Student Life

Upon graduation, senior Sam Kavalier departed the University of Michigan with a bachelor’s degree and market-ready skills from working with Michigan Dining.

What started out as an opportunity to earn money with a short commute, turned out to be a chance to build “soft skills” that employers highly value. Kavalier transitioned from cooking meals and washing dishes at the East Quad Dining Hall to working for Epic Systems Corporation, a fast-growing healthcare software company in Madison, Wisconsin.

“I learned a lot of things -- culinary arts, use of equipment and life skills. I also made friends,” said Kavalier.

During Kavalier’s interview for his post-college job, the recruiter took an interest not only in his political science-German studies but also in his dining hall job. That experience translated into communication, teamwork, customer service, and problem-solving skills, all of which make The National Association of Colleges and Employers’ top ten list of important qualities in today’s marketplace.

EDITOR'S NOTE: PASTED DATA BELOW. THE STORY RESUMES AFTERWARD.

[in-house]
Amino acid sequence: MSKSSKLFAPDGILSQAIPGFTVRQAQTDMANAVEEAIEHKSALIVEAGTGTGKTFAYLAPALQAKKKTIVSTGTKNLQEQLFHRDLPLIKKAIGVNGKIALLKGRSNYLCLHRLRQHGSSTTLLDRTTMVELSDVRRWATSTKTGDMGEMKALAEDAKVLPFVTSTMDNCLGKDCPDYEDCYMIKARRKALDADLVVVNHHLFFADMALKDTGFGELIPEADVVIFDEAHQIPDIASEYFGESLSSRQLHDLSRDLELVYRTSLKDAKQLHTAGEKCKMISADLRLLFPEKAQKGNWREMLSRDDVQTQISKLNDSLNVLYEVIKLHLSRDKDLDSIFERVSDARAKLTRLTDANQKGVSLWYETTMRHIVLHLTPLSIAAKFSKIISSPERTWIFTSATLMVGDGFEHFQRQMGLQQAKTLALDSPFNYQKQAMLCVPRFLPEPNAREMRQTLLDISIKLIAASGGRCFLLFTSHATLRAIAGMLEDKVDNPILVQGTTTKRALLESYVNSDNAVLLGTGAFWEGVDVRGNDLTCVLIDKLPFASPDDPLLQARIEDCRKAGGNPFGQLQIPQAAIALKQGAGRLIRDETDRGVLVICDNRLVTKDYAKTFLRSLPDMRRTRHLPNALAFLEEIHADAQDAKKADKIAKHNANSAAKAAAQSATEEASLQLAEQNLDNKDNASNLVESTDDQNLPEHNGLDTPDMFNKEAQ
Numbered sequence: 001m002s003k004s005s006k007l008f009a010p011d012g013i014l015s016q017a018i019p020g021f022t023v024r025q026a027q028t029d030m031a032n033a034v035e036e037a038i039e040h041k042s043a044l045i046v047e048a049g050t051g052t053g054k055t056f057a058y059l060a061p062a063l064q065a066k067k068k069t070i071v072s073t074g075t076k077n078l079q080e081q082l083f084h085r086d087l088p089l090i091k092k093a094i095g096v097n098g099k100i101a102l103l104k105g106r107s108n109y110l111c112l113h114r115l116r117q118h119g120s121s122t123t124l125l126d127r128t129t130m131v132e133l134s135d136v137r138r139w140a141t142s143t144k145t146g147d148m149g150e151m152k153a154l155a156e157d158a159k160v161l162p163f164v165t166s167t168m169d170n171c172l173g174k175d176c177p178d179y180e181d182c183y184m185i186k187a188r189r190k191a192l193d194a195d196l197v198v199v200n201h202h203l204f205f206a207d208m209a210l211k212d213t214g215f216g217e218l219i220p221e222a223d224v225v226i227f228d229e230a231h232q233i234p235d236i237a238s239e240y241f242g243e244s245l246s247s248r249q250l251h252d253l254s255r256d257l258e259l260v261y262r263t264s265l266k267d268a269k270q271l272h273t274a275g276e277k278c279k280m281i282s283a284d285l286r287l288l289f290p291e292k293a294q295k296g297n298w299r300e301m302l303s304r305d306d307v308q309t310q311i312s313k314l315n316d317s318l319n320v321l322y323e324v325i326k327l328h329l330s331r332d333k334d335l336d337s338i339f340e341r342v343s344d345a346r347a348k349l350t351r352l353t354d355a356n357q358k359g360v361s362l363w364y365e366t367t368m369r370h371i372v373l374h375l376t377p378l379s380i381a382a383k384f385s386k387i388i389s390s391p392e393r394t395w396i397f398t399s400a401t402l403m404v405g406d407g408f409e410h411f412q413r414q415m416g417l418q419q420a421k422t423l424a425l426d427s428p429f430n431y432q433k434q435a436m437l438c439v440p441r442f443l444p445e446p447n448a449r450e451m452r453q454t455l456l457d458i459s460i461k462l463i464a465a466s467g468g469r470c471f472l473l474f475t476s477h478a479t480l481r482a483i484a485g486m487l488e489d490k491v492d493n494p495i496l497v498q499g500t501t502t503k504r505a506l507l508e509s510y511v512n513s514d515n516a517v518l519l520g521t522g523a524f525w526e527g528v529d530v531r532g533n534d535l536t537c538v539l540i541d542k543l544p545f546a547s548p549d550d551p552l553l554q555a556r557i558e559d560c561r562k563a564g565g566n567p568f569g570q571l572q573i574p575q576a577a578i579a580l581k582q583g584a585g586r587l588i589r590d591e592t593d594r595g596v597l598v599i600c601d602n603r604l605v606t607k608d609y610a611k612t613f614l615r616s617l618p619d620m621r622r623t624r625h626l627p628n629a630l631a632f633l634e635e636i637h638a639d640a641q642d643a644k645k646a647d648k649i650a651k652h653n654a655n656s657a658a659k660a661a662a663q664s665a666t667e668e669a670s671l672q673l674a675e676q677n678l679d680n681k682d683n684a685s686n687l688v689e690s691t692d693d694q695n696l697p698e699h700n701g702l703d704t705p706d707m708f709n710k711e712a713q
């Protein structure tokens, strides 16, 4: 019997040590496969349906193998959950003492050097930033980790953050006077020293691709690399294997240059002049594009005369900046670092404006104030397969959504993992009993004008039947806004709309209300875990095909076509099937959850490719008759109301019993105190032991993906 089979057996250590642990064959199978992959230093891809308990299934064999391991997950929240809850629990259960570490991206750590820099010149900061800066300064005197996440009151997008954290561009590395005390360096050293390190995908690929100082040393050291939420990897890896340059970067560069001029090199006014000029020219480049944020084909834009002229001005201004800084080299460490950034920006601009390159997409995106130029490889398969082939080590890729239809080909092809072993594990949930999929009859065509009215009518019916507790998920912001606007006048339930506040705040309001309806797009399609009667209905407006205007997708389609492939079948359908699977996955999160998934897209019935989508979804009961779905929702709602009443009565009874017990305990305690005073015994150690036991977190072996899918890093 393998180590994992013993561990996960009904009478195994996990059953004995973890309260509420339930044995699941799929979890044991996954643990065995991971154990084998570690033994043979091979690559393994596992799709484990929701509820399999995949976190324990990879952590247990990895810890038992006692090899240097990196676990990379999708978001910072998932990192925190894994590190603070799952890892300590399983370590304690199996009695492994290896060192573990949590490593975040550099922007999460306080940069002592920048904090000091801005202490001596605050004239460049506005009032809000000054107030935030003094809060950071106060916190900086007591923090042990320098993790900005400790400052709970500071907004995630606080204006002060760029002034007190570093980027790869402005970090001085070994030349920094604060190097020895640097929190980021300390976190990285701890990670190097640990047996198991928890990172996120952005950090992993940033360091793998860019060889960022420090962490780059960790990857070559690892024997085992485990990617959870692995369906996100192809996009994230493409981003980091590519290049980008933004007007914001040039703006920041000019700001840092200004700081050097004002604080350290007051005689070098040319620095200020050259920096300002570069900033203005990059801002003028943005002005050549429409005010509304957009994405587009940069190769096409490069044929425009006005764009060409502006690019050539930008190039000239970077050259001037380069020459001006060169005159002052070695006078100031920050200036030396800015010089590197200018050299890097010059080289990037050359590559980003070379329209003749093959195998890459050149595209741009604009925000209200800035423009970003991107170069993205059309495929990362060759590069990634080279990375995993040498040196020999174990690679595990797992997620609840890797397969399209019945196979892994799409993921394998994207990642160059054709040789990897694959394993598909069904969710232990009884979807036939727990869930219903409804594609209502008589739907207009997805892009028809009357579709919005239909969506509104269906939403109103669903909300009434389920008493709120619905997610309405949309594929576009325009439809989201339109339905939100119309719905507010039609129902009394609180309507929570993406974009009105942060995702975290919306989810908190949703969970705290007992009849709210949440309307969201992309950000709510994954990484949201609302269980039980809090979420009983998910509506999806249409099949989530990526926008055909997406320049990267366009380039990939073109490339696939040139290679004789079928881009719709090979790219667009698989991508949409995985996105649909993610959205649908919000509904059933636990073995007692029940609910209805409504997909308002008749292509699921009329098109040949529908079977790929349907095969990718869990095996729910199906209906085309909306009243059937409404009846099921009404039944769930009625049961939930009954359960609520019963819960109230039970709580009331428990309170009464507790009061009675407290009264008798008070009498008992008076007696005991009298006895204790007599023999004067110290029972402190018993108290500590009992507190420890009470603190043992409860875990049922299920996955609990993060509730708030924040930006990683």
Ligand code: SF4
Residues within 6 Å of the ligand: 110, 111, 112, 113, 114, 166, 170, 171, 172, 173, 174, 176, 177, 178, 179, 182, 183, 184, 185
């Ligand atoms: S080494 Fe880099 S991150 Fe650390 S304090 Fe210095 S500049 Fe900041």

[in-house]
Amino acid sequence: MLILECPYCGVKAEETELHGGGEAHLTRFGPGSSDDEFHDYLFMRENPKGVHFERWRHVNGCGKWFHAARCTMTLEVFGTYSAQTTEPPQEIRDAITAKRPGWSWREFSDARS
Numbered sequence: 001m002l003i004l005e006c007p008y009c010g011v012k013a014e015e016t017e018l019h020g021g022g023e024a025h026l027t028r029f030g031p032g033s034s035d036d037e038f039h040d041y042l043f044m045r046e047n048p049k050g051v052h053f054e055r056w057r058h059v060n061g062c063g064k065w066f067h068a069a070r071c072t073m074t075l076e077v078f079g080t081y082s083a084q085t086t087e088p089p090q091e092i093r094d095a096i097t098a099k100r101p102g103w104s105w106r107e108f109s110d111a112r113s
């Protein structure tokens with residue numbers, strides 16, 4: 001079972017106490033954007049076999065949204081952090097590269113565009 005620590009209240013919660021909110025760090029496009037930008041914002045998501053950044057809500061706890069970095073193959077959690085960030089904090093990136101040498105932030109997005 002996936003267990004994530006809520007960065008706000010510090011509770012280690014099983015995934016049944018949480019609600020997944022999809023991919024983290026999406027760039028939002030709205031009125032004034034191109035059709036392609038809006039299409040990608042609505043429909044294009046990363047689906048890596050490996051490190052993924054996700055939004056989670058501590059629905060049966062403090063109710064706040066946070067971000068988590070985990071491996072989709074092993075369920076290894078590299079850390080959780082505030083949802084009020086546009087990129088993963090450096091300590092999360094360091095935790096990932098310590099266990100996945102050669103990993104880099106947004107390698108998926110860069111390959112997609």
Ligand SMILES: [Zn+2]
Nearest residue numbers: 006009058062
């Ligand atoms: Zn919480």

“Being an important contributor who makes a positive influence on an organization is compelling, regardless of whether it is a dining job or a formalized internship. Both demonstrate how you will behave as an employee,” said Career Center’s Chelsea Greene, who counsels students on how to position their experience in resumes and interviews.

Michigan Dining jobs also offer students training and opportunities to manage people in a large organization with the guidance of peers and professionals. Unlike off-campus businesses, Michigan Dining manages its student staff with a learning-centered style at all its dining halls, markets, and cafes.

Dining employees work in a fast-paced environment and develop an ability to stay calm, think on their feet, and deliver excellent service. Students earn a starting wage of $11/hour, choose their schedules, eat a free meal when they work a shift, get guaranteed time off during breaks and flexibility around exam time.

“We provide a low-risk environment for students to learn how to function in the workplace. We have many growth opportunities for engaged, committed workers,” said Markley Dining Manager Michael DeVries.

An inconvenient commute to an off-campus job led DeVries to consider joining Michigan Dining as a first-year student in 2005, and he decided to stay on after being promoted through the ranks. Ten years later, DeVries is part of a team at Markley that has been recognized as the “hidden gem” of campus Dining.

“There is a lot of room for growth in Michigan Dining if you are knowledgeable, innovative, and willing to work hard,” said DeVries.

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